Basic holiday rules apply when Staycationing. You need camera, hat, sunscreen and money for icecreams whenever you leave the house. I don’t care what the naysayers say – if you haven’t photographed it, boasted about it or turned it into a scrapbook for Granny – it didn’t happen.

  1. Find some bush and walk in it. And I don’t mean hike. I mean throw a backpack on with some sneakers (Hey! We live in Australia, there are snakes, don’t be a dick) and find a national park, a river and just ramble along, enjoying the smell of the gum trees, the fizz of the dust in your nostrils and the distant hum of the major motorway.  Stop for a bite to eat, top up the sunscreen and if you are the kind to make everything educational – don’t.
  2. Go to the local park, take a picnic basket, plenty of sunscreen and hats and let the children go bananas on the equipment while you lie in the sun and then the shade, reading a crappy magazine shoved between the covers of Time.
  3. Find some sand and dig in it. Especially if you don’t have kids, they always want to build things and the joy is actually in the digging until you can cover your legs.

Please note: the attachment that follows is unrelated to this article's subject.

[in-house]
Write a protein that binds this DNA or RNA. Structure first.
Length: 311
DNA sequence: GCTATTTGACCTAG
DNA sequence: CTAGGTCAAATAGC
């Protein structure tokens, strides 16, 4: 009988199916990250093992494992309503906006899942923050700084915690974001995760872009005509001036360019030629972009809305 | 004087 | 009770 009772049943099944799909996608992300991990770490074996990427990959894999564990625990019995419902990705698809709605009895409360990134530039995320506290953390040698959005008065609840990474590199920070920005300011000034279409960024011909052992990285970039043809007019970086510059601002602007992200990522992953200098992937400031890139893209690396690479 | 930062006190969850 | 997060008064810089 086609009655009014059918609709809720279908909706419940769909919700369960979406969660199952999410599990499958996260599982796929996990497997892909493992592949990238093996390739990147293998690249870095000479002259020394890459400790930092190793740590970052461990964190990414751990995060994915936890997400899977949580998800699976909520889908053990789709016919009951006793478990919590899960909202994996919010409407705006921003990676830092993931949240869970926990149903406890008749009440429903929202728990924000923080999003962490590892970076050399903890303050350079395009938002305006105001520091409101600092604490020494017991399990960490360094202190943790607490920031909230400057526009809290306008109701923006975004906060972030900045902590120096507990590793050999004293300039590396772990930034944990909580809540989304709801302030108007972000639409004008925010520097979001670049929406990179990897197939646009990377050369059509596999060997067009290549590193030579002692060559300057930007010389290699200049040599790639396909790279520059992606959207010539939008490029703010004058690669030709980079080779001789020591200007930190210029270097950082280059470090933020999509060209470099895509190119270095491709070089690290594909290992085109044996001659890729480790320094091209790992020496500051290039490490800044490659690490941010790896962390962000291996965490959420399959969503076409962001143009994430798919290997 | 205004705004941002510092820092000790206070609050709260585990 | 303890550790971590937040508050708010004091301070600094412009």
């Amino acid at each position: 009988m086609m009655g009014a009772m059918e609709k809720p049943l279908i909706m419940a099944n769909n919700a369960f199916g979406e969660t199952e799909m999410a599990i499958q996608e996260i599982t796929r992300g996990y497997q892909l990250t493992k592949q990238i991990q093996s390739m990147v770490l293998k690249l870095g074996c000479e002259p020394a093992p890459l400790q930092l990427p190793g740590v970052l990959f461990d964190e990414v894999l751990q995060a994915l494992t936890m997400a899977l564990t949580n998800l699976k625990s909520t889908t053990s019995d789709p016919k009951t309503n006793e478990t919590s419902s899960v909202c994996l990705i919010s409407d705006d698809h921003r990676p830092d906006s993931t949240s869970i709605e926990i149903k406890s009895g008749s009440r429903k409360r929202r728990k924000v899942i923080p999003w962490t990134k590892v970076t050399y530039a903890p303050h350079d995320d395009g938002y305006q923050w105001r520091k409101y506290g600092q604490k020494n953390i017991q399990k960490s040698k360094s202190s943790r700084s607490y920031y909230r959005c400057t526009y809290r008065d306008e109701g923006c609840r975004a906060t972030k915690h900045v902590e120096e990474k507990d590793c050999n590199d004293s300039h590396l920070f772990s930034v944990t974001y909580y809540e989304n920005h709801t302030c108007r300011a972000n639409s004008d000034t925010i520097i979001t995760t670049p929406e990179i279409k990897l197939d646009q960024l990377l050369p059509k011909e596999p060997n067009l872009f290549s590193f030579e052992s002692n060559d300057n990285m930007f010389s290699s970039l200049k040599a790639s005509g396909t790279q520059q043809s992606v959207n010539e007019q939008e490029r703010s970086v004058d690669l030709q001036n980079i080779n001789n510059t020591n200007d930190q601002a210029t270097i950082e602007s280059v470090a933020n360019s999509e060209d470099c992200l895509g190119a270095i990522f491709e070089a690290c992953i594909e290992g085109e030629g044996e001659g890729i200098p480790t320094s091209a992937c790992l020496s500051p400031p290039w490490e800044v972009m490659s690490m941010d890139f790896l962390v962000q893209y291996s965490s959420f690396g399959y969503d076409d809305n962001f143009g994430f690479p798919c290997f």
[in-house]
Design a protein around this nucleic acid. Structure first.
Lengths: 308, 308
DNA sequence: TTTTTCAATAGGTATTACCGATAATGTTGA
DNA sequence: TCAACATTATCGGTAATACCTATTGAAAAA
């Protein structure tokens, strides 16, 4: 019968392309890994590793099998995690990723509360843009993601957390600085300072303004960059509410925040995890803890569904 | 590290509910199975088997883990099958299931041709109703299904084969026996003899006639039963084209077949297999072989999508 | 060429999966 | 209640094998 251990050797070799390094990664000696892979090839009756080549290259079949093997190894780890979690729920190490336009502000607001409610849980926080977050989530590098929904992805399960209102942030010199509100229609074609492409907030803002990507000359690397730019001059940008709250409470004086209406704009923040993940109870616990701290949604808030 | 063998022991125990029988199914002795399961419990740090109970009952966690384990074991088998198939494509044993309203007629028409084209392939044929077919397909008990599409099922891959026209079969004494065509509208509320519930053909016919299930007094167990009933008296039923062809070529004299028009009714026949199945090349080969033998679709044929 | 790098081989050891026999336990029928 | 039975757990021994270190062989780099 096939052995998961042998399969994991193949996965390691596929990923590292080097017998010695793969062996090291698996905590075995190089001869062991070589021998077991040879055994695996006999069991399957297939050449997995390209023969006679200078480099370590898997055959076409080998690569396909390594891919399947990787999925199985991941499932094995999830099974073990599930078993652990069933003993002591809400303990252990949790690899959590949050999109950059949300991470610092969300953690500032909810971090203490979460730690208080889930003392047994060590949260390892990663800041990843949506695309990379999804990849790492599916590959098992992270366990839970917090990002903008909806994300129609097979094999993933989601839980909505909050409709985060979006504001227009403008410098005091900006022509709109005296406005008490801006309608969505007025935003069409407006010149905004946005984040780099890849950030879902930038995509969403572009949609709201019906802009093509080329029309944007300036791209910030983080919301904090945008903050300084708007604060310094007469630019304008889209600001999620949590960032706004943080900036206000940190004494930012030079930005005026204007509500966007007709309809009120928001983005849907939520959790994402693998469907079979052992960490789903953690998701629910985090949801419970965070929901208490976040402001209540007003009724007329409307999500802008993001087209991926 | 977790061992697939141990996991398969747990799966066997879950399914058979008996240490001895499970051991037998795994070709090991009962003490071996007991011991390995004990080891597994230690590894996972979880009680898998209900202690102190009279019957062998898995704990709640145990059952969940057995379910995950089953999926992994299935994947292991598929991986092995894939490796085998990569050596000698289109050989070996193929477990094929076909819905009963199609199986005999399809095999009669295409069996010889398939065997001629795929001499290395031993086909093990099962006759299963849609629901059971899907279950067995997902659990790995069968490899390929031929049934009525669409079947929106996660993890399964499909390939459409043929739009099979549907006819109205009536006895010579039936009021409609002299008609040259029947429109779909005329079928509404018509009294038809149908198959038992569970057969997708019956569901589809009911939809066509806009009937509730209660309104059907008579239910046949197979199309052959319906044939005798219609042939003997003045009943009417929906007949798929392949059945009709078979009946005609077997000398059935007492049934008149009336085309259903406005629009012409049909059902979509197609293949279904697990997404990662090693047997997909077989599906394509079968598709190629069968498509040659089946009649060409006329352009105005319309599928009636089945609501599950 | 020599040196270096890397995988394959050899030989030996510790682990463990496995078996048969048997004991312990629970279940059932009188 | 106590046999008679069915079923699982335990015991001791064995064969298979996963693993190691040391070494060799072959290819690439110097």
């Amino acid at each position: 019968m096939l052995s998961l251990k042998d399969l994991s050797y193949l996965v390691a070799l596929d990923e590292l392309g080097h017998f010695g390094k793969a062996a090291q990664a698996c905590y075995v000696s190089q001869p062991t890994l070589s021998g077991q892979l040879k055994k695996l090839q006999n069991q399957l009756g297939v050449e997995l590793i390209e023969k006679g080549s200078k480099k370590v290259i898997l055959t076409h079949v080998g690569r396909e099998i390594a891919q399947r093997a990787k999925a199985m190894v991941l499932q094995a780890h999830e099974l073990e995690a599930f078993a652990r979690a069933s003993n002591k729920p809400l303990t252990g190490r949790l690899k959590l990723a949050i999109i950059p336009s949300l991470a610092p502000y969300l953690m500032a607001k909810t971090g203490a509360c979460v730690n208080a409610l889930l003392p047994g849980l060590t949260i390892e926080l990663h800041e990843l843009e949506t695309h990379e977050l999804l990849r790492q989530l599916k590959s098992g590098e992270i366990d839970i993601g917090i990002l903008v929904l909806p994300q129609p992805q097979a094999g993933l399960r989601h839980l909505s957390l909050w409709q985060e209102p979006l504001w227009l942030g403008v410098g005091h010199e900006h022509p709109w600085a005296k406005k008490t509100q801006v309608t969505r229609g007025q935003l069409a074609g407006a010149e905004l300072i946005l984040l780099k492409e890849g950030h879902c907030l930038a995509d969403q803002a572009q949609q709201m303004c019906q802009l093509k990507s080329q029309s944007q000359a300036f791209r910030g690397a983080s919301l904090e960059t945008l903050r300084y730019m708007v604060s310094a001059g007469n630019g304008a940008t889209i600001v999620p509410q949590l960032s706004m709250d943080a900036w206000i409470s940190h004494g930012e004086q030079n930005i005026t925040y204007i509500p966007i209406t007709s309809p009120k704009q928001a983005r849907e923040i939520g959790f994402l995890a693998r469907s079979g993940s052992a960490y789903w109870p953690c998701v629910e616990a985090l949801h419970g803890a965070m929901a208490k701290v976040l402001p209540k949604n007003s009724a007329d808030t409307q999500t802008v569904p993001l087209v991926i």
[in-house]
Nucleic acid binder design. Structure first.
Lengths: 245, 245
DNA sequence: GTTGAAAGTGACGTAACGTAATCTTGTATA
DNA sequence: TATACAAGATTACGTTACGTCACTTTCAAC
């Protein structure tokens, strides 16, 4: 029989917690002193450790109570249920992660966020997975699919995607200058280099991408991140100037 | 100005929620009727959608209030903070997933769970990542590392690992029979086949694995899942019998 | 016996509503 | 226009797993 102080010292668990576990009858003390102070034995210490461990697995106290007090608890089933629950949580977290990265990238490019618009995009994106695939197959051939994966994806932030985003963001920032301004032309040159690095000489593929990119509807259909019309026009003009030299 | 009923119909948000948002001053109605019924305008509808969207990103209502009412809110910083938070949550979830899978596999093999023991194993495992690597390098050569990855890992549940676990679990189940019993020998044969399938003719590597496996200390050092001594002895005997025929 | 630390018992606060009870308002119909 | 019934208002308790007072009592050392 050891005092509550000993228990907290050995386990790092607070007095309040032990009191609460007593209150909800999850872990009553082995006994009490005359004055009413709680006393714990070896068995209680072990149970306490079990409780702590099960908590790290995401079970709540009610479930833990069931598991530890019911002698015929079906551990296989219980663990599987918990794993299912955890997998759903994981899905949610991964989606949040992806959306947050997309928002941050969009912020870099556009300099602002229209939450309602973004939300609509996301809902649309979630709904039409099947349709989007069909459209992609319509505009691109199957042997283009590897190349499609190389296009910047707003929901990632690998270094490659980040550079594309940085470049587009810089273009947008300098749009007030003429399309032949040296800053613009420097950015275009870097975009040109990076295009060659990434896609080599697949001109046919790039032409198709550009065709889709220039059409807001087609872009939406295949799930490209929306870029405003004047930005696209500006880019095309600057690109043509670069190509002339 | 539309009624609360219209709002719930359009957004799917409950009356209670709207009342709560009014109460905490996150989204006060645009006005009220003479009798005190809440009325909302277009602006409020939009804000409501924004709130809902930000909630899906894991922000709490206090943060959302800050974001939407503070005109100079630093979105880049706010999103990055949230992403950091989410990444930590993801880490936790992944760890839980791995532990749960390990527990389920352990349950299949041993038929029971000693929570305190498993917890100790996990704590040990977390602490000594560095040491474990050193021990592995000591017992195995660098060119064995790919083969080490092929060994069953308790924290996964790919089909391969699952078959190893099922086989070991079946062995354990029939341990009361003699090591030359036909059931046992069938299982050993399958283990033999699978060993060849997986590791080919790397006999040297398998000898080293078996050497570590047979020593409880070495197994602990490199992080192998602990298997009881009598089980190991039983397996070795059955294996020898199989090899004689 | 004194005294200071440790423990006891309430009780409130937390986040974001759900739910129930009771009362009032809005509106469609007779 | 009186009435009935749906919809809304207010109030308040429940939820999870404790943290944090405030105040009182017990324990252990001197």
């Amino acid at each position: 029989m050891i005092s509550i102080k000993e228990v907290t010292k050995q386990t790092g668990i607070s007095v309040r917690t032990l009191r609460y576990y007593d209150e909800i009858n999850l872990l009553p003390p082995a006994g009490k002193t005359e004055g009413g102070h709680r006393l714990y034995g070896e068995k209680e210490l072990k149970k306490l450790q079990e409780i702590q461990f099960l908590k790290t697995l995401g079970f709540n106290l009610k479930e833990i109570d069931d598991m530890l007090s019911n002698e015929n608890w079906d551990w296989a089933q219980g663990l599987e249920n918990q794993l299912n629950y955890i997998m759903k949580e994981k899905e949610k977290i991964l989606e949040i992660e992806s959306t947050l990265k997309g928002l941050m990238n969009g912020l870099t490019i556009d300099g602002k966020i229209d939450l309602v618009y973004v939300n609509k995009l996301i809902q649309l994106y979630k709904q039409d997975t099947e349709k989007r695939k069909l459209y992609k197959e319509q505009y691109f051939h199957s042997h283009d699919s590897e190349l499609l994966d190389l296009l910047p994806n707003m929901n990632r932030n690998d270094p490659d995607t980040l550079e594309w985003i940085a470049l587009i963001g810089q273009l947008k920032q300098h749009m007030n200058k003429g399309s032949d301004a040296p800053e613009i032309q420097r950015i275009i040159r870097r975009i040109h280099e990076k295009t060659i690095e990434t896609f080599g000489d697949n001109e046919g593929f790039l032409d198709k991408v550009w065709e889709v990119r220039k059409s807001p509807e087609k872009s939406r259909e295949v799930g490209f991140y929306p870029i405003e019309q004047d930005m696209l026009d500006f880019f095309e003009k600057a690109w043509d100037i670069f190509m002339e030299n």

4. Get on the very next train that arrives at the station and ride it to the very end without checking. Spend the day checking out the area. Make sure you go home before last train the other way.
  5. Museums, art galleries, free exhibits – anything with air conditioning. I mean culture.
  6. Outdoor movies and cinemas.  They have them everywhere from Cooma to Cairns and all the major cities. Bonus points if you still live somewhere with a drive-in.
  7. Carols by candlelight. Sure it’s for Christmas but there is not a religion around that doesn’t love a bit of communal good feeling, a picnic and the sight of small children waving candles about like they are at a rock concert.
  8. Put the name of all the places you’ve always meant to eat and pull one of them out every Friday night lucky dip style and go there for dinner.
  9. Find some water and spend some time enjoying it. Whether it’s the hose in the backyard, a pool or the chaos of a water park – just enjoy the feeling of weightlessness and summer.